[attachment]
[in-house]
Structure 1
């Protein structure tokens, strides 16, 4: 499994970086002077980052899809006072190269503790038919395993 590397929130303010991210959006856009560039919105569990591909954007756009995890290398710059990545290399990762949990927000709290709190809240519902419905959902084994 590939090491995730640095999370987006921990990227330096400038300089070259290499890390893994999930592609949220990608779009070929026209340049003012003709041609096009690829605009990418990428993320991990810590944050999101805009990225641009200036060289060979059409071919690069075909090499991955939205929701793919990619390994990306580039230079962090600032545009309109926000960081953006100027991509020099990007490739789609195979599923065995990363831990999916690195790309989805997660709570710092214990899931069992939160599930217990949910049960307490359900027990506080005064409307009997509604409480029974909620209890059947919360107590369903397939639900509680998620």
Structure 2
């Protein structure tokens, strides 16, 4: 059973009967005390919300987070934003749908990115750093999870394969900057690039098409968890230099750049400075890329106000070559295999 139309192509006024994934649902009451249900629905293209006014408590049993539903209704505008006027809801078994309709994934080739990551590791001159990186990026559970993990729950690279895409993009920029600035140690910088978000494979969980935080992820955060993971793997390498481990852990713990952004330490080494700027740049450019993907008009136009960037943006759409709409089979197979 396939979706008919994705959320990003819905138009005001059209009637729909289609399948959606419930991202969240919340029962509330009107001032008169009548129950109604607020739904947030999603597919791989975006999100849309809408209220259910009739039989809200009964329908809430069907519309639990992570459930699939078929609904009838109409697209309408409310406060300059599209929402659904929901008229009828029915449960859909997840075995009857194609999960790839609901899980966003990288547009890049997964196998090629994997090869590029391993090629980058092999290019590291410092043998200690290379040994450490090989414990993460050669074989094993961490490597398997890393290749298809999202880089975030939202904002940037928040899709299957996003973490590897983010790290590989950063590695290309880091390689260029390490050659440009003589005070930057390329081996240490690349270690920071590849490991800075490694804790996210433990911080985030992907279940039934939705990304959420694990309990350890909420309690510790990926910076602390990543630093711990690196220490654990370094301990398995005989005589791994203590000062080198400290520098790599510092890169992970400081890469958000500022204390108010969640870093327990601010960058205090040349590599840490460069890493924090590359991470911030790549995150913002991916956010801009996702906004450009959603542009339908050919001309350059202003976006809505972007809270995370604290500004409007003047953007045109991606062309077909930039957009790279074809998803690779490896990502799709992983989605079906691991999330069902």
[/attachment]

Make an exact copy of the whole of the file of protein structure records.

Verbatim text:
[in-house]
Structure 1
């Protein structure tokens, strides 16, 4: 499994970086002077980052899809006072190269503790038919395993 590397929130303010991210959006856009560039919105569990591909954007756009995890290398710059990545290399990762949990927000709290709190809240519902419905959902084994 590939090491995730640095999370987006921990990227330096400038300089070259290499890390893994999930592609949220990608779009070929026209340049003012003709041609096009690829605009990418990428993320991990810590944050999101805009990225641009200036060289060979059409071919690069075909090499991955939205929701793919990619390994990306580039230079962090600032545009309109926000960081953006100027991509020099990007490739789609195979599923065995990363831990999916690195790309989805997660709570710092214990899931069992939160599930217990949910049960307490359900027990506080005064409307009997509604409480029974909620209890059947919360107590369903397939639900509680998620």
Structure 2
């Protein structure tokens, strides 16, 4: 059973009967005390919300987070934003749908990115750093999870394969900057690039098409968890230099750049400075890329106000070559295999 139309192509006024994934649902009451249900629905293209006014408590049993539903209704505008006027809801078994309709994934080739990551590791001159990186990026559970993990729950690279895409993009920029600035140690910088978000494979969980935080992820955060993971793997390498481990852990713990952004330490080494700027740049450019993907008009136009960037943006759409709409089979197979 396939979706008919994705959320990003819905138009005001059209009637729909289609399948959606419930991202969240919340029962509330009107001032008169009548129950109604607020739904947030999603597919791989975006999100849309809408209220259910009739039989809200009964329908809430069907519309639990992570459930699939078929609904009838109409697209309408409310406060300059599209929402659904929901008229009828029915449960859909997840075995009857194609999960790839609901899980966003990288547009890049997964196998090629994997090869590029391993090629980058092999290019590291410092043998200690290379040994450490090989414990993460050669074989094993961490490597398997890393290749298809999202880089975030939202904002940037928040899709299957996003973490590897983010790290590989950063590695290309880091390689260029390490050659440009003589005070930057390329081996240490690349270690920071590849490991800075490694804790996210433990911080985030992907279940039934939705990304959420694990309990350890909420309690510790990926910076602390990543630093711990690196220490654990370094301990398995005989005589791994203590000062080198400290520098790599510092890169992970400081890469958000500022204390108010969640870093327990601010960058205090040349590599840490460069890493924090590359991470911030790549995150913002991916956010801009996702906004450009959603542009339908050919001309350059202003976006809505972007809270995370604290500004409007003047953007045109991606062309077909930039957009790279074809998803690779490896990502799709992983989605079906691991999330069902």